At a symposium at the State University of New York at Purchase in 1980, the late Delaware Indian (Lenape) elder Nora Thompson Dean (Touching Leaves Woman) explained that when the Dutch colonists first arrived in New York Harbor, they requested a small tract of land: only as much as a cow’s hide could cover. They then cut the hide into strips, and claimed all the land it could encircle. According to James Rementer, who was her mentee and is now the director of the Lenape Language Project for the Delaware Tribe of Indians, a literature professor in the audience then stood up “and said in a smart-aleck way that was the same old Queen Dido story and what did she think about that.” The questioner was referring to the classical story of the Phoenician Queen Dido, which was alluded to by Virgil and recounted by Livy (document 1). According to the story, Dido requested from the local king, Hiarbas, as much land as an oxhide could cover, and then cut the hide into strips, laid them out in the circle, and claimed the capacious site on which she built her citadel. To Dean, the professor’s implication showed disrespect for her oral tradition. She responded: “Nothing.” However, the late Herbert Kraft, a historian of the Delaware Indians who was also in the audience, pointed out that the tradition’s resemblance to the Dido story did not invalidate it. The Dutch would have been familiar with classical history: perhaps they had reenacted Dido’s ruse on the North American coast.Footnote
The story Dean told at the symposium has been told by descendants of the indigenous inhabitants of the region of New York Harbor for at least two centuries. These oral performances have been recorded by ethnographers and others at intervals, along the stages of these Algonquian peoples’ westward migration.Footnote
I first came across the tradition while researching the 1737 Pennsylvania “Walking Purchase,” a colonial land transaction that has been widely characterized as a fraud perpetrated by the Pennsylvania Proprietors, the sons of William Penn, on Delawares in eastern Pennsylvania. The implementation of the Walking Purchase hinged on the interpretation (in a contested deed), of the phrase “as far as a Man can goe in one day and a half.”Footnote
The Proprietors hired three athletic men, set them off at an advantageous north-westerly trajectory, and pushed the pace of the “walk” to the extent that two collapsed from exhaustion (one died); the third covered about fifty-five miles. The Proprietors claimed a tract bounded by the course of the “walk” on the one side and by the Delaware River, with its northeasterly upstream sweep, on the other—approximately five hundred thousand acres.Footnote
The Walking Purchase and the reported transaction with the bullock’s hide are both instances of colonial optimization. Dido’s ruse is actually a locus classicus for the mathematical concept of optimization: with a given perimeter, which shape encompasses the largest area? The solution is a circle.Footnote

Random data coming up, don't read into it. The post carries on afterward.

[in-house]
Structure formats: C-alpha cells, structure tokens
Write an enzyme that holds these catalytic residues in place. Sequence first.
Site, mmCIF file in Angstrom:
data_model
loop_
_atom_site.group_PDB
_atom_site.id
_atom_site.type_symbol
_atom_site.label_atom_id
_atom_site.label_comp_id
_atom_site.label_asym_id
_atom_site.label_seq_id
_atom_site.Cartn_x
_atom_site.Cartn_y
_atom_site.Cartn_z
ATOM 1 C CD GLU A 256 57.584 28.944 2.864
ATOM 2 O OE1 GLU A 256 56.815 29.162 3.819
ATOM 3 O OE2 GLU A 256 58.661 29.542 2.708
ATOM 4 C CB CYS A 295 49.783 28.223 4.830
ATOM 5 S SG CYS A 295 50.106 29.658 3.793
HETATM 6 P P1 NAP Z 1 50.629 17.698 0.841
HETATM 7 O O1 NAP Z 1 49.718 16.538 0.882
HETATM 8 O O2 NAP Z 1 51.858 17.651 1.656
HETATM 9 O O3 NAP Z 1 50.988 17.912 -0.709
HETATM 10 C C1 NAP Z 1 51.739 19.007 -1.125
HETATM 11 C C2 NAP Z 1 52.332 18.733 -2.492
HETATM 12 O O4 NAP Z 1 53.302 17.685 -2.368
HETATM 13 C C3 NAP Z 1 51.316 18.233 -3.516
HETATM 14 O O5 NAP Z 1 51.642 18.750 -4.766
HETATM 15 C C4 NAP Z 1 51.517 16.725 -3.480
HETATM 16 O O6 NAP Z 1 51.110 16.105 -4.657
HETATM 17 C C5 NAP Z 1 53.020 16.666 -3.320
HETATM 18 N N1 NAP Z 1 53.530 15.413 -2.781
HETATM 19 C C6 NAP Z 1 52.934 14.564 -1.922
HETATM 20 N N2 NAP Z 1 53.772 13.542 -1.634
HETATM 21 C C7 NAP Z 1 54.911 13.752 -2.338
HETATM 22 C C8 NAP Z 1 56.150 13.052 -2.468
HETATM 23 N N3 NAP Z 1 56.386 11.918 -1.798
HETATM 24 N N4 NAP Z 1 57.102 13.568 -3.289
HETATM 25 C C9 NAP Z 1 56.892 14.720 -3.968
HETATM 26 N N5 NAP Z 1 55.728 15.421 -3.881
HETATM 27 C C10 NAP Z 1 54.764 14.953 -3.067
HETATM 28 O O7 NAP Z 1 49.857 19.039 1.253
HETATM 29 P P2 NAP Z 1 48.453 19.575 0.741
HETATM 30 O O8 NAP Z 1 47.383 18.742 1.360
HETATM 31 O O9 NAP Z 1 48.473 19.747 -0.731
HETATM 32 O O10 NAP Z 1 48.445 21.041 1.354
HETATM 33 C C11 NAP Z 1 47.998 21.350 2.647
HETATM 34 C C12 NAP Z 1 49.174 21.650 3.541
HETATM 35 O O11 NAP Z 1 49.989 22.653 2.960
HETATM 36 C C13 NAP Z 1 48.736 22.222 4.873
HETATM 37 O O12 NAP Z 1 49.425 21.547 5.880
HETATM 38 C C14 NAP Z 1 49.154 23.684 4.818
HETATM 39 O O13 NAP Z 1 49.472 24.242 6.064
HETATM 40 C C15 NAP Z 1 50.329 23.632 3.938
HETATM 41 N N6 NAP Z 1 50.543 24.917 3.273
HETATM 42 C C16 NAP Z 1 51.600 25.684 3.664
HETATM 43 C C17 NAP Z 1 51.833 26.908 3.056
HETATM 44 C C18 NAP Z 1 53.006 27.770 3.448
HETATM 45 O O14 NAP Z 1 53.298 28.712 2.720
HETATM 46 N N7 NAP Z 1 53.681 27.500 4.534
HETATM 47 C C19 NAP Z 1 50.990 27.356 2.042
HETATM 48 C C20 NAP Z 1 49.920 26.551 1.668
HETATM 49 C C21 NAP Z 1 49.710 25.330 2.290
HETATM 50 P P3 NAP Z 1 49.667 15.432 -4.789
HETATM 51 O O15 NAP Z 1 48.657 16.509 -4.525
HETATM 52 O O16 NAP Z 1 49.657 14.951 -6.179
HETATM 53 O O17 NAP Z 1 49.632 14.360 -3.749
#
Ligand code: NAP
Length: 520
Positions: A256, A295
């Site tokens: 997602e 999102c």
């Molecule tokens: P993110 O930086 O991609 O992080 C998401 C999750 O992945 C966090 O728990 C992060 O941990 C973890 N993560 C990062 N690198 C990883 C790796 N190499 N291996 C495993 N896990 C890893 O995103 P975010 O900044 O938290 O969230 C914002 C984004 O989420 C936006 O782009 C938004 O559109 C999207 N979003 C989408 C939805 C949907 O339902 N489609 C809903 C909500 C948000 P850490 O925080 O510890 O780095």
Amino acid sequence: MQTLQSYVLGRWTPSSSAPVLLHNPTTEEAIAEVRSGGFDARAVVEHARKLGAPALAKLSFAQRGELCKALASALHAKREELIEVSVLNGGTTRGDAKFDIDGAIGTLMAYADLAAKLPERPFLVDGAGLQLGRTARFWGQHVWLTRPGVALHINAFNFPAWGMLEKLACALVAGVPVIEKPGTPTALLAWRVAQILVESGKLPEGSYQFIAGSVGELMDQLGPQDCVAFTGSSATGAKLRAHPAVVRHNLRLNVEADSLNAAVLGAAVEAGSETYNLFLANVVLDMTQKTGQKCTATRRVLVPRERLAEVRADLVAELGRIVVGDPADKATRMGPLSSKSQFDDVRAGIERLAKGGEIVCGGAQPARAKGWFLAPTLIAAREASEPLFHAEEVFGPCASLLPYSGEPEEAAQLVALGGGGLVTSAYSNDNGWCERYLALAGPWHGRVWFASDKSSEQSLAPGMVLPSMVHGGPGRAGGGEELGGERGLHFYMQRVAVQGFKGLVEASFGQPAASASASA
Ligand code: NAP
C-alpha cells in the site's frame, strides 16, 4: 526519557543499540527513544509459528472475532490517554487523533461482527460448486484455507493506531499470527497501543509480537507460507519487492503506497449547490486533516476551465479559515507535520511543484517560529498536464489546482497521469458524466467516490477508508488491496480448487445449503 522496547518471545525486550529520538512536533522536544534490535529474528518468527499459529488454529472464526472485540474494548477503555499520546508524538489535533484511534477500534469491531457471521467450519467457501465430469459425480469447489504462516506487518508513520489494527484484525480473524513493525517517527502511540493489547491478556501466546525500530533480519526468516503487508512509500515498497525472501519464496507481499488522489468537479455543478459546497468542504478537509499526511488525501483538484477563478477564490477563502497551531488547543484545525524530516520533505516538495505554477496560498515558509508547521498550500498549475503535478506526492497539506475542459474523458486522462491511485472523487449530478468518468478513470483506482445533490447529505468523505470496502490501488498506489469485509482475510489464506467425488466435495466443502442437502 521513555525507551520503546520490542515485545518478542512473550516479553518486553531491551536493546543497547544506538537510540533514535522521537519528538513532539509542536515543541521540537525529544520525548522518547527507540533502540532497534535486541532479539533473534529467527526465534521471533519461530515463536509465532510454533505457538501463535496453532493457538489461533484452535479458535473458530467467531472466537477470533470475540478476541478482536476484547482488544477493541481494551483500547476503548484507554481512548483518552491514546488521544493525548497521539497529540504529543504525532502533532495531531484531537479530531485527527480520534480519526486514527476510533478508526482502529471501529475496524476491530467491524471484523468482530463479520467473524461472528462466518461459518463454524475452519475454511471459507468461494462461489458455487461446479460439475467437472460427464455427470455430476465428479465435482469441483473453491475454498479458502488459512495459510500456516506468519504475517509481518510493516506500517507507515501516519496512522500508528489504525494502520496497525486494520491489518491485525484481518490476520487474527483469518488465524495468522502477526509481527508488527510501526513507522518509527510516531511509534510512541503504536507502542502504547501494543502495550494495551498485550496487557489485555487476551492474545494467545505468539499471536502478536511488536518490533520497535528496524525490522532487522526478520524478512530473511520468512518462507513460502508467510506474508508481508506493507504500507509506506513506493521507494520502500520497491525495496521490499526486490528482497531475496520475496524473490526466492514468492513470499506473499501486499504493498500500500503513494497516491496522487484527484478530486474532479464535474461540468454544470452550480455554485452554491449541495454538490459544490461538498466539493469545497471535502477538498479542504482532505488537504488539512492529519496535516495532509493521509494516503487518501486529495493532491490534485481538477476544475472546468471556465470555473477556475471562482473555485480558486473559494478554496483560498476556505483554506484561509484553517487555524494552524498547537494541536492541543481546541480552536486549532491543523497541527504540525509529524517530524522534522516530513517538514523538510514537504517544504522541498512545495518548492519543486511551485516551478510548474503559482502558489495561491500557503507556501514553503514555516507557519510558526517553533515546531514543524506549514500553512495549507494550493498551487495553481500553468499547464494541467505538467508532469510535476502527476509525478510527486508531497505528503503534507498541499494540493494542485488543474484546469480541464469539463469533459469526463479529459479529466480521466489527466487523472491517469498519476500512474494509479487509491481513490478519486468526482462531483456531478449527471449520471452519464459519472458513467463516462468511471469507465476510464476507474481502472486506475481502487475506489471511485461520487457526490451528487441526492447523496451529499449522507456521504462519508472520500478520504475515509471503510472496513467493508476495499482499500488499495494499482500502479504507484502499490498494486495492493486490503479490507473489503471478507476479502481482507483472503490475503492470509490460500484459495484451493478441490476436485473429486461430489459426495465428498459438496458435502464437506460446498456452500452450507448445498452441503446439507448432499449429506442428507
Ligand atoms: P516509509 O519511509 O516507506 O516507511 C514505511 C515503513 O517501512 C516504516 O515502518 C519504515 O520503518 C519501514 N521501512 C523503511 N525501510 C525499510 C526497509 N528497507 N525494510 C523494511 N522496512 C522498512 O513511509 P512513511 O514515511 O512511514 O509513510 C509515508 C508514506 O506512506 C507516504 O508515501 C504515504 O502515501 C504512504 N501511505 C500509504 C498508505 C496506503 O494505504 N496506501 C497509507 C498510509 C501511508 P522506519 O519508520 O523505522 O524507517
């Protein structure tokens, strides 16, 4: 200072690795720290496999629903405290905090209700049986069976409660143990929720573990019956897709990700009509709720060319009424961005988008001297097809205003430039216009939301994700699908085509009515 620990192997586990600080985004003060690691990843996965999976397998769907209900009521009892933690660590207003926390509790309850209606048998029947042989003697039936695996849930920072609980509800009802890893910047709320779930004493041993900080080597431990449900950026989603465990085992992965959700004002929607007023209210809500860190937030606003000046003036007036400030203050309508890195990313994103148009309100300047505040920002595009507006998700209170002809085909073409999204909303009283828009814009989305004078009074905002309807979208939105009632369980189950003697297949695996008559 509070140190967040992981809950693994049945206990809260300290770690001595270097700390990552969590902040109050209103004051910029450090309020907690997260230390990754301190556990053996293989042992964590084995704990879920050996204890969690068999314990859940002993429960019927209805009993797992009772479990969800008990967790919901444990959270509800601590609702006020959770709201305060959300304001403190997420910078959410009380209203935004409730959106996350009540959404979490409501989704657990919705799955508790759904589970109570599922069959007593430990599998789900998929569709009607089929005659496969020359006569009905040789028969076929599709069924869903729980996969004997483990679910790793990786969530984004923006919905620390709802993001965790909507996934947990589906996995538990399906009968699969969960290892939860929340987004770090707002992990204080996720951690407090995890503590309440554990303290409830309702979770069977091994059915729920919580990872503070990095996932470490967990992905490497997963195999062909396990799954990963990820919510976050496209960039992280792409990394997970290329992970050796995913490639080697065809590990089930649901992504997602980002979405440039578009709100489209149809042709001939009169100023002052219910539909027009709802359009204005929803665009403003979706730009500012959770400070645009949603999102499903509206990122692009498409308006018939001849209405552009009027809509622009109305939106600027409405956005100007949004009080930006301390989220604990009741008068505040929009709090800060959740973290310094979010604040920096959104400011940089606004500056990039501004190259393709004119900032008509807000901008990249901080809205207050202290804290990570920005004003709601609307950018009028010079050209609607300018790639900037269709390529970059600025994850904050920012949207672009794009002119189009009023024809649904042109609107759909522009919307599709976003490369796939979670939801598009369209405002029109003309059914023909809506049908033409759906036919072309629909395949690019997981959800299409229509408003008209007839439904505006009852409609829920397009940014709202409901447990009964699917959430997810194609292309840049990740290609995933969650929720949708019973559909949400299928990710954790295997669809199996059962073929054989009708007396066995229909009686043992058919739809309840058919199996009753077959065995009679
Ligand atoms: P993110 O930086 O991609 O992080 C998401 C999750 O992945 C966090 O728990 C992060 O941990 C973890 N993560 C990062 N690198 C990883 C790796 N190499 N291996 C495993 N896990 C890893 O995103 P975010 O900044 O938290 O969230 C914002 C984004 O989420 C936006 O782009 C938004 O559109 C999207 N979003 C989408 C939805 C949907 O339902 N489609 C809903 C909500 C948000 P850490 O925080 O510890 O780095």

The Pennsylvania Proprietors’ optimization of their agreement with the Delawares in 1737, and the agreement itself, were the focus of a mid-eighteenth-century political controversy in Pennsylvania, and are documented in a profuse, contentious archive.Footnote
However, the earliest extant written record of an early seventeenth-century agreement to transfer to Dutch colonists on or near Manhattan of “only so much Land as the Hide of a Bullock would cover” is an 1801 letter from the Moravian missionary John Heckewelder to the historian Samuel Miller presenting the Indians’ narrative account of the “Arrival of the Whites” (document 9).
Heckewelder insisted on the authenticity and accuracy of his written representation of the tradition, stating that he presented the account “verbatim as was related to [him] by Aged & respected Delawares; Monseys [Munsees] & Mahicanni [Mahicans]…nearly 40 years ago.” He explained that the letter was “Coppied from Notes & Manuscripts taken on the spot,” in Western Pennsylvania or Ohio, where the descendants of the Indians who had inhabited the mid-Atlantic seaboard had migrated under pressure from encroaching settlers.Footnote
One might otherwise suspect, as a famous nineteenth-century commentator apparently did, that Heckewelder himself “borrowed” the story “from antiquity,” and perhaps thereby contaminated the oral tradition for future generations (document 11). For his part, though, Heckewelder seemed to consider the tradition not only authentic but accurate. In a footnote to a version he published in his History, Manners and Customs of the Indian Nations Who Once Inhabited Pennsylvania and the Neighboring States (1819), he suggested that the “Dutchmen were probably acquainted with what is related of Queen Dido in ancient history, and thus turned their classical knowledge to a good account.”Footnote
Thus he anticipated Kraft’s suggestion at the 1980 symposium.